The Defense Secretary of the Philippines, Delfin Lorenzana, announced on Friday morning that President Rodrigo Duterte had decided to “recall or retract” the notice of termination for the Philippines-United States Visiting Forces Agreement sent in February 2021. According to Lorenzana, the decision was made following a meeting between US Secretary of Defense Lloyd Austin and Duterte Thursday night.
Lorenzana stated to reporters present for a July 30 joint press briefing by Lorenzana and Austin at Camp Aguinaldo that the decision meant that the VFA was now “in full force again”, with “no termination letter pending and we are back on track”. Austin expressed his gratitude for the decision to fully restore the VFA, which he stated would help build a “strong, resilient” alliance between the United States and the Philippines, which he described as vital to the security, stability and prosperity of the Indo-Pacific. Austin added that he and Lorenzana had further discussions earlier on Friday on how to further strengthen US-Philippines ties going forwards.
Also on Friday, Philippines Foreign Affairs Secretary Teodoro Locsin Jr. announced that he had delivered a diplomatic note recalling the abrogation of the VFA to Austin, on the instructions of Duterte. In a statement, Locsin said that “The United States has shown its commitment to fulfill its obligations to us under the alliance. They have addressed issues arising from our security relationship with good faith. Together, we have moved forward on the basis of common interest, shared values, and mutual respect.”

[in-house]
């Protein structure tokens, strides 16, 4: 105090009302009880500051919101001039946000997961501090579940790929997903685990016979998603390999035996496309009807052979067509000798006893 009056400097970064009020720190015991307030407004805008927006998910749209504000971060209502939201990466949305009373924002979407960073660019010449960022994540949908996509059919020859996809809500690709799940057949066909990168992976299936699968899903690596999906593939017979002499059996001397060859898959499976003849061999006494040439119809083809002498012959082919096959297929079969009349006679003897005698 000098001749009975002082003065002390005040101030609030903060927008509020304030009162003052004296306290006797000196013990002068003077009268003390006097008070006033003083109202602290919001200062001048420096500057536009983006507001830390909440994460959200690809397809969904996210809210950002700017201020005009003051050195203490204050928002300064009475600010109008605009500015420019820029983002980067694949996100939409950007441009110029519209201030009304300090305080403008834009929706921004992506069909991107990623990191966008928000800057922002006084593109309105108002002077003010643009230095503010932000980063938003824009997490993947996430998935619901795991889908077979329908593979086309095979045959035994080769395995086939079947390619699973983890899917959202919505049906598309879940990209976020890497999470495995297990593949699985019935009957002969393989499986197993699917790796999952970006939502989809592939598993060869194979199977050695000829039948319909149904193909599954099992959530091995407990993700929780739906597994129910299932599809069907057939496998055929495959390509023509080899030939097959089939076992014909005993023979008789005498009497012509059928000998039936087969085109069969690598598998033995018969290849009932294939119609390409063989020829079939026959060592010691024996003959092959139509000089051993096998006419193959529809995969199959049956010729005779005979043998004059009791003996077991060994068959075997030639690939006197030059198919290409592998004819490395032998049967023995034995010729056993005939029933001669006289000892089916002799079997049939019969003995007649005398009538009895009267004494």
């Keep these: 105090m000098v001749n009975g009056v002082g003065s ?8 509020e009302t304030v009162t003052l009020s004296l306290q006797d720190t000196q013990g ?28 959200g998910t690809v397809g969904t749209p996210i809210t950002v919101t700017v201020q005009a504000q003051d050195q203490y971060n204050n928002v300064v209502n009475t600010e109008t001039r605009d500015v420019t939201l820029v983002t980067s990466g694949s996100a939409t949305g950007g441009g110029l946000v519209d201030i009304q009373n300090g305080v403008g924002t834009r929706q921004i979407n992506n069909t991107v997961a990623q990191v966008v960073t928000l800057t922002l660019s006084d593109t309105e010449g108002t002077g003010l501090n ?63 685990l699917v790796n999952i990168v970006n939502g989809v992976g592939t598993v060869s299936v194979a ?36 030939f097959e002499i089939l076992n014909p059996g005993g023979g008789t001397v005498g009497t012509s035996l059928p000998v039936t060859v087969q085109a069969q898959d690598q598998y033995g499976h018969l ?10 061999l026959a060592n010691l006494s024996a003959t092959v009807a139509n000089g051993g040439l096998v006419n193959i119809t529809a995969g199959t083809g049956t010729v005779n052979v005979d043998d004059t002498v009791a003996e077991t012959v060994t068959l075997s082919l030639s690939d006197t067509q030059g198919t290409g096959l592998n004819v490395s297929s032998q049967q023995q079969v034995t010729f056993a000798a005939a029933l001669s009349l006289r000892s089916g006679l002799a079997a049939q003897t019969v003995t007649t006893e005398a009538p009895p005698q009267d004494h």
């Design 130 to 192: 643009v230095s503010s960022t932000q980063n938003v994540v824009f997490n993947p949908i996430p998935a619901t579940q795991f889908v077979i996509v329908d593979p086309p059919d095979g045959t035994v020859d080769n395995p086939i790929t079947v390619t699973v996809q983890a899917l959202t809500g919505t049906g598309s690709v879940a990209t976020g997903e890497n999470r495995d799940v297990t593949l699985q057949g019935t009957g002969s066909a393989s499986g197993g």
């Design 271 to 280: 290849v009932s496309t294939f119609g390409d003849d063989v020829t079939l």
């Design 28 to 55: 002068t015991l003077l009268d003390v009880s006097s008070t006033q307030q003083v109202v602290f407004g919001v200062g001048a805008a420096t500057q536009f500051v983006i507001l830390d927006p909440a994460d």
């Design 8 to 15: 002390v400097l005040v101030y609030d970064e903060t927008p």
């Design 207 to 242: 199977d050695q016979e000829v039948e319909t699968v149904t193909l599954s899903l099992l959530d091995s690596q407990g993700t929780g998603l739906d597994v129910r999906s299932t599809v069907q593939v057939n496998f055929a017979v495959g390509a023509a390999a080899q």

Friday’s decision puts to rest a year of uncertainty over the future of the Visiting Forces Agreement. While the announcement in February last year had sparked concern among diplomats and defense officials due to the President’s public statements in favor of China, Duterte subsequently decided to suspend the termination of the agreement three times, in order to facilitate a renegotiation of the VFA. As a result, speculation turned to when a new and “improved” agreement governing the legal status of US troops in the Philippines would be formally signed.
However, Lorenzana said that no changes had been made to the text of the Visiting Forces Agreement. Instead, he said, a side agreement would be reached between the US and Philippines on other issues broached during the past year of negotiations. A senior government official that spoke to Rappler said that the side agreement would provide guidelines on “when and how” Philippine authorities will exercise criminal jurisdiction and custody over US military personnel arrested for criminal behavior in the Philippines.
The announcement also follows reassurances by Austin and US Secretary of State Antony Blinken that the US-Philippines Mutual Defense Treaty would apply to attacks in the South China Sea, including the West Philippine Sea. The treaty, which obligates the US and the Philippines to defend each other should they come under attack, will turn 70 on August 30.
Also signed during the visit was the PH-US Aeronautical and Maritime Search and Rescue (AMSAR) Agreement. According to the Philippines’ Department of Foreign Affairs, the agreement provides delimitations on search & rescue regions of the Philippines & US, fostering stronger bilateral cooperation in maritime and aeronautical search and rescue, enhancing the effectiveness of search and rescue operations.